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Kurt Heinrich’s Story


Kurt Heinrich

“You should definitely start a drop-ship business and sell things online. That’s what I did. I started an online shop for iPod accessories and made $17,500 during my first Christmas season. That was in middle school, then I kept the business throughout high school and grew it from there. Here’s the long story:

When I was in middle school, I used to look forward to getting my monthly issue of Popular Science magazine. In one particular issue, they had a how-to guide on how to turn an Altoids tin into an iPod charger. I thought this was awesome, so I went to RadioShack, got all the parts, then built it. I then took it to school to show all my friends. Before I knew it, all my friends wanted one too, so I started selling them for $20 each.

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I quickly realized that RadioShack did not provide the best margins, so I started looking for ways to buy the parts online, in bulk. I found a guy that was selling the kits for chargers online. I contacted him and asked him if he could give me a discount if I bought multiple kits in bulk. He did.

Eventually, one of my friends half-jokingly suggested, “Why don’t you sell these things online?”. At the time, I knew nothing about starting a a website, but it definitely got me interested. I started reading up on HTML, CSS, and all that good stuff. After a few weeks, I had put together a basic website and was accepting transactions via PayPal.

I did not do any marketing or SEO at the time, but fortunately enough people stumbled across my website when they searched Google for how to make these Altoids chargers. Shortly after, I was spending the minute I got home from school to when I went to bed, making Altoids chargers and shipping them out of my basement. While it was fun, it was a lot of work. I think I was making about $5 on each order (after shipping and PayPal fees), but it took ~1.5 hours to make each charger. I realized I would be better off working at the local Chic-fil-a or something like that, but I was not old enough to do that anyway.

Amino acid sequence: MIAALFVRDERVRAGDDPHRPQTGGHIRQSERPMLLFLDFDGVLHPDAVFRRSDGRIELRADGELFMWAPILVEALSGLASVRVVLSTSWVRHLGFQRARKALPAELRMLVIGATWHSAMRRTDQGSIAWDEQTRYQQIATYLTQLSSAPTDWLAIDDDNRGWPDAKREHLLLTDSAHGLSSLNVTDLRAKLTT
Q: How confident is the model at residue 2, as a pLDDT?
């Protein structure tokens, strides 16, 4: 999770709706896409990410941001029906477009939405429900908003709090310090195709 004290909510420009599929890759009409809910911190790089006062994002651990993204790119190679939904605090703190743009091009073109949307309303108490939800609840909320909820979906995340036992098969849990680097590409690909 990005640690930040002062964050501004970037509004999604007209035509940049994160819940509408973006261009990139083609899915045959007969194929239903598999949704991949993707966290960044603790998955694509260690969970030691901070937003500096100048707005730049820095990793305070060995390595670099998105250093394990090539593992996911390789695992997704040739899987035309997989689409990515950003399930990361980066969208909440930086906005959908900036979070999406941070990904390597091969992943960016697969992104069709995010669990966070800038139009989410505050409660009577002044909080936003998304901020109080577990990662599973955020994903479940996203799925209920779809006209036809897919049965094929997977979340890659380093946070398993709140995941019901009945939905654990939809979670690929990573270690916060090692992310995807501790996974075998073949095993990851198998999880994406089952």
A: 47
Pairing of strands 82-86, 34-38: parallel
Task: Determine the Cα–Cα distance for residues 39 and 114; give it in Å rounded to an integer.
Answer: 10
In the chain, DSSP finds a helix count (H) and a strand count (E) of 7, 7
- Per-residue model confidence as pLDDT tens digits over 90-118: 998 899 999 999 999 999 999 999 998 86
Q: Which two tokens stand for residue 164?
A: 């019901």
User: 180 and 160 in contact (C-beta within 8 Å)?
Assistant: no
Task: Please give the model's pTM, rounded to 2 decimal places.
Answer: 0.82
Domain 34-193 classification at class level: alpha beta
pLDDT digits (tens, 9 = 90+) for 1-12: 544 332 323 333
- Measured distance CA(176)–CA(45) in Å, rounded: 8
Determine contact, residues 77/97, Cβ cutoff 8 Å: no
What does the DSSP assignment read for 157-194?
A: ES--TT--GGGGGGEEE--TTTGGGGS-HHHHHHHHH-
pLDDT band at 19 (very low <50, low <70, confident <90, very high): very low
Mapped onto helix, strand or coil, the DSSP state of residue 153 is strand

I wondered if I could start selling pre-made products (a.k.a reselling), like accessories they had at the Apple store. I had no idea how to get my hands on products like these, but I applied the same strategy I used before in buying the Altoids kits in bulk. I started contacting sellers on eBay that were selling iPod accessories and I asked if I could get a discount for buying in bulk. Initially, I started selling things like iPod headphones and silicone cases. In fact, one of my first best-selling products was color iPod headphones, like these:

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As you can see, these headphones look like knock-offs from China, and most of the stuff I was selling at the time was. So I wondered if I could bypass the eBay sellers and just get the products cheaper from China directly. After some digging around, through sites like Alibaba, I found a few suppliers in China. I did a lot of due-diligence before I made any purchases, because each supplier required bulk purchases (e.g. 1000 items or greater, but keep in mind that each case is like $0.20, so 1000 cases was still affordable). I also took pre-cautions like only using suppliers that accepted payment via PayPal (since doing wire transfers was risky) and negotiated with suppliers, so that I could buy different items, but still get the bulk discount (e.g. instead of having to buy 1000 iPod cases of the same color, I would buy 1000 units total of cases, headphones, and other items). Before long, a massive box of iPod accessories was on my doorstep, ready for re-selling.